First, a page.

Cricket con man Allen Stanford claims England stars are ‘still calling him’ in prison

Convicted of running a notorious $7 billion Ponzi scheme, Stanford orchestrated a winner-takes-all T20 match in England just a year before he was accused of fraud by the Securities and Exchange Commission (SEC).

Allen Stanford is serving a 110-year prison sentence after being found guilty of running the second largest Ponzi scheme in history
Allen Stanford is serving a 110-year prison sentence after being found guilty of running the second largest Ponzi scheme in history

Allen Stanford is currently serving a 110-year prison sentence after being convicted of fraud in 2012 and allegedly still being contacted by England stars.

Stanford was accused of running a $7 billion (£5.7 billion) Ponzi scheme, the second largest in history and separate from cricket, and was convicted on 13 of 14 counts. After moving to the Caribbean, Stanford got involved in cricket and badly financed the 2008 Stanford Super Series after the opening of the IPL season, which saw many stars racking up millions for more than six weeks of work.

Only one Englishman, Dimitri Mascarenas, took part in the tournament – he had nothing to do with Stanford other than playing – with the European Central Bank refusing to allow players contracted in England to take part. In an effort to quell turmoil from their top stars over lucrative contracts being rejected, the European Central Bank has partnered with Stanford in a tournament that will culminate in a grand final where England will face the Stanford Superstars.

Dubbed the “Stanford 20/20 vs. 20”, the match was a winner-takes-all match with a cash prize of $20 million. The 11 winners will net $1 million each, with $2 million shared between the rest of the team and backroom staff and the remaining $7 million between the ECB and WICB.

The tournament was an embarrassing cash grab by the European Central Bank and a grotesque vanity scheme for Stanford, who famously landed his helicopter at Lords and stood alongside cricket legends like Ian Bothham and Viv Richards behind a glass case filled with $20 million.

During the competition, it became clear that the players of England were less enthusiastic than her. When asked if he was happy to lead England in the championship, captain Kevin Petersen offered a huge endorsement when he answered: “I should be”.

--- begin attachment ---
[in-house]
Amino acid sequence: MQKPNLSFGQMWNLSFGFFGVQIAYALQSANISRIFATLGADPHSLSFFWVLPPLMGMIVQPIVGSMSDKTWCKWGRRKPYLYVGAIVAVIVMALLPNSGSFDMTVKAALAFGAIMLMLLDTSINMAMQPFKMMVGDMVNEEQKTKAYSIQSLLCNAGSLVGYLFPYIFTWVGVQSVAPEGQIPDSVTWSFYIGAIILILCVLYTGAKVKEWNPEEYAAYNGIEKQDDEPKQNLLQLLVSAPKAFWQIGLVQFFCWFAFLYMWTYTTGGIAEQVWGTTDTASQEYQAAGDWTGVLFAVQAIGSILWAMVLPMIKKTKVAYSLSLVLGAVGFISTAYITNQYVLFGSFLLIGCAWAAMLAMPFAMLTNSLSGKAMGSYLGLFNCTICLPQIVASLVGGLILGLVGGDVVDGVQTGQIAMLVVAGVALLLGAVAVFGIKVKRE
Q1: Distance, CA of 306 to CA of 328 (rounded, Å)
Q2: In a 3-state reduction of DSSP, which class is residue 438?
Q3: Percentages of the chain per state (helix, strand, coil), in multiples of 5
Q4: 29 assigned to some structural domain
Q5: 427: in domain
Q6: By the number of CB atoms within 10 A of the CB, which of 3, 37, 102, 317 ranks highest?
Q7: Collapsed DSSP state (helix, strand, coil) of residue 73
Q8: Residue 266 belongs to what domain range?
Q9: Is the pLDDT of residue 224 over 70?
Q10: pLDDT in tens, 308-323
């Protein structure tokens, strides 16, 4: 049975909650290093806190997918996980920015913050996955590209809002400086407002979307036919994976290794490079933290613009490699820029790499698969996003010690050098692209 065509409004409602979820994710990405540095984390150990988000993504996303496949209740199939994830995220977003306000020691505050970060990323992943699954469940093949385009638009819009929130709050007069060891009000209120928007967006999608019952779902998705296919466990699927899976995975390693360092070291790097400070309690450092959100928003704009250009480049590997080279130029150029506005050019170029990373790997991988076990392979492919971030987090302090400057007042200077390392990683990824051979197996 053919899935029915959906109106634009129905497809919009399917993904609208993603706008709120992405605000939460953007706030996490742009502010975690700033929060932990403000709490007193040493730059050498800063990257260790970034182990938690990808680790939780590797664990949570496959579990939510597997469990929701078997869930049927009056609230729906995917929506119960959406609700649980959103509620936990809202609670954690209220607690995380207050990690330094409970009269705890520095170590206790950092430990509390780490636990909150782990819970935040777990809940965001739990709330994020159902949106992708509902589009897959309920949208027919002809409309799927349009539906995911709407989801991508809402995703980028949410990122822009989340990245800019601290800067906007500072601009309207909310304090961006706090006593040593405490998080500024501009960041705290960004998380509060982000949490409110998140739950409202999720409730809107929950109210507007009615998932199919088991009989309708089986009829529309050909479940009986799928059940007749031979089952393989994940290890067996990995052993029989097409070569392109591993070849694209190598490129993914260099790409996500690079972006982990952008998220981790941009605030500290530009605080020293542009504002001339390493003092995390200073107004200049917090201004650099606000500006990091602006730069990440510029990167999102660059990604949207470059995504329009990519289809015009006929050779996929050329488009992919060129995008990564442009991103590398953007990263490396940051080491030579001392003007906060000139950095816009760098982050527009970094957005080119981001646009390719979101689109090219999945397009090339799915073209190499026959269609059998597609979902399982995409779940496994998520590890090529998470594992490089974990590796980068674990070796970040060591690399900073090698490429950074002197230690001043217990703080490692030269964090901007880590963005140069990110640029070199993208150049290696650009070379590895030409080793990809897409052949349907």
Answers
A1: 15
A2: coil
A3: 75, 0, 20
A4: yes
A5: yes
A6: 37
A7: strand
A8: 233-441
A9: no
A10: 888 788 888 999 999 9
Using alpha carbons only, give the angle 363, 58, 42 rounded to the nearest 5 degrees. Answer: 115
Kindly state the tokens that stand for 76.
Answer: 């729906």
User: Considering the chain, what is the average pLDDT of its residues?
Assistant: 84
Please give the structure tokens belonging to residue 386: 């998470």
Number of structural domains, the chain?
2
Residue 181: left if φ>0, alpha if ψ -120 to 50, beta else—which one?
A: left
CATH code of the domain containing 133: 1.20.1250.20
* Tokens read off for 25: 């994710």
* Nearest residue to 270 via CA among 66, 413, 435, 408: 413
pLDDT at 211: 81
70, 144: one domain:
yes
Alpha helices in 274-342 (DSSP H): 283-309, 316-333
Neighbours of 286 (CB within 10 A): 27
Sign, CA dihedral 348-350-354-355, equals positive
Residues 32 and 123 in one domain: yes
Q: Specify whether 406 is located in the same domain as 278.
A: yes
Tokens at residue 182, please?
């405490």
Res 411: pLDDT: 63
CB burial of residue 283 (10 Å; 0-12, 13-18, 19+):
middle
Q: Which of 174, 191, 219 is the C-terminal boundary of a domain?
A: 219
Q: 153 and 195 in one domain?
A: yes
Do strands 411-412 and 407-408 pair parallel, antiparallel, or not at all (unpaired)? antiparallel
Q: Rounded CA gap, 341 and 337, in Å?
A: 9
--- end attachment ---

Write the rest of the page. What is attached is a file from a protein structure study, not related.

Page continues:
Stanford is partnering with the European Central Bank and WICB to organize a profitable T20 cycle just one year before it is mandated by the Securities and Exchange Commission (SEC)
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Tom Shaw/Getty Images)

In the end, England were embarrassed in the final as they went out for only 99, lost by 10 wickets and left nothing. Just a year later, Stanford was indicted by the Securities and Exchange Commission for investment fraud and his involvement in cricket ended.

Petersen later called him “Bagh Sleighbag” and said he was “very uncomfortable with everything at Stanford”. Despite this, Stanford labeled Petersen a “first-class individual” in a rare interview from prison and claimed that some England players involved in the Super Series had been in contact with him.

“Many players are in contact,” Stanford told the Daily Mail. “I don’t know if they want me to mention their names.







England were embarrassed by the Stanford Superstars and lost $20 million in the winner’s match
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picture:

Tom Shaw/Getty Images)

“The messages. They made me feel so good. I answered their questions completely honestly and candidly, and we are still communicating.

“Let’s just say I have several players that I consider dear friends and relatives. In terms of connectivity where we communicated back and forth and we still communicate… They are eight players.”

When asked if any of these players were English, he replied, “Well [yes], but the majority are not. I had few, what I now consider to be strong friends, who understood what had happened and were supportive of it.”

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